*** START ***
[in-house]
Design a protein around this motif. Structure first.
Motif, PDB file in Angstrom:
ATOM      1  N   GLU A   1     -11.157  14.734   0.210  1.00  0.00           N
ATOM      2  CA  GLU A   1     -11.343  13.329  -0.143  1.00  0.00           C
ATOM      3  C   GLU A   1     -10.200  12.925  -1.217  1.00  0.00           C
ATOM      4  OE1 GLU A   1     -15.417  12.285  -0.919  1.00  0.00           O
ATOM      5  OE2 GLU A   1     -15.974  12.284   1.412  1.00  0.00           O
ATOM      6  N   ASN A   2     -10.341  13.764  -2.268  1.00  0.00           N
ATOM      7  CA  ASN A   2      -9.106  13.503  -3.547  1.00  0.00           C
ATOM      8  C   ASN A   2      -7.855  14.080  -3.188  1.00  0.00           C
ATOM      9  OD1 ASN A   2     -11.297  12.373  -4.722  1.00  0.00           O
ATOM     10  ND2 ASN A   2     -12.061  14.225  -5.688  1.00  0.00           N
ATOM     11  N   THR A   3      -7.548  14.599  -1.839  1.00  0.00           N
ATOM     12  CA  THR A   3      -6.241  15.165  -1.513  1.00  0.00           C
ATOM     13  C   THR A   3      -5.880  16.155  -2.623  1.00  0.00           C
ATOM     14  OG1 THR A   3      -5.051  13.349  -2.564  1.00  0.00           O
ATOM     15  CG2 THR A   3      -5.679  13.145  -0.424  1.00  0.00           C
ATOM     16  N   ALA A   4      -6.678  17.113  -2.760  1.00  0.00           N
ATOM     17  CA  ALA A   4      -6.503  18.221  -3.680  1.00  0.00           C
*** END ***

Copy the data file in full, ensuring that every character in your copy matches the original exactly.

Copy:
[in-house]
Design a protein around this motif. Structure first.
Motif, PDB file in Angstrom:
ATOM      1  N   GLU A   1     -11.157  14.734   0.210  1.00  0.00           N
ATOM      2  CA  GLU A   1     -11.343  13.329  -0.143  1.00  0.00           C
ATOM      3  C   GLU A   1     -10.200  12.925  -1.217  1.00  0.00           C
ATOM      4  OE1 GLU A   1     -15.417  12.285  -0.919  1.00  0.00           O
ATOM      5  OE2 GLU A   1     -15.974  12.284   1.412  1.00  0.00           O
ATOM      6  N   ASN A   2     -10.341  13.764  -2.268  1.00  0.00           N
ATOM      7  CA  ASN A   2      -9.106  13.503  -3.547  1.00  0.00           C
ATOM      8  C   ASN A   2      -7.855  14.080  -3.188  1.00  0.00           C
ATOM      9  OD1 ASN A   2     -11.297  12.373  -4.722  1.00  0.00           O
ATOM     10  ND2 ASN A   2     -12.061  14.225  -5.688  1.00  0.00           N
ATOM     11  N   THR A   3      -7.548  14.599  -1.839  1.00  0.00           N
ATOM     12  CA  THR A   3      -6.241  15.165  -1.513  1.00  0.00           C
ATOM     13  C   THR A   3      -5.880  16.155  -2.623  1.00  0.00           C
ATOM     14  OG1 THR A   3      -5.051  13.349  -2.564  1.00  0.00           O
ATOM     15  CG2 THR A   3      -5.679  13.145  -0.424  1.00  0.00           C
ATOM     16  N   ALA A   4      -6.678  17.113  -2.760  1.00  0.00           N
ATOM     17  CA  ALA A   4      -6.503  18.221  -3.680  1.00  0.00           C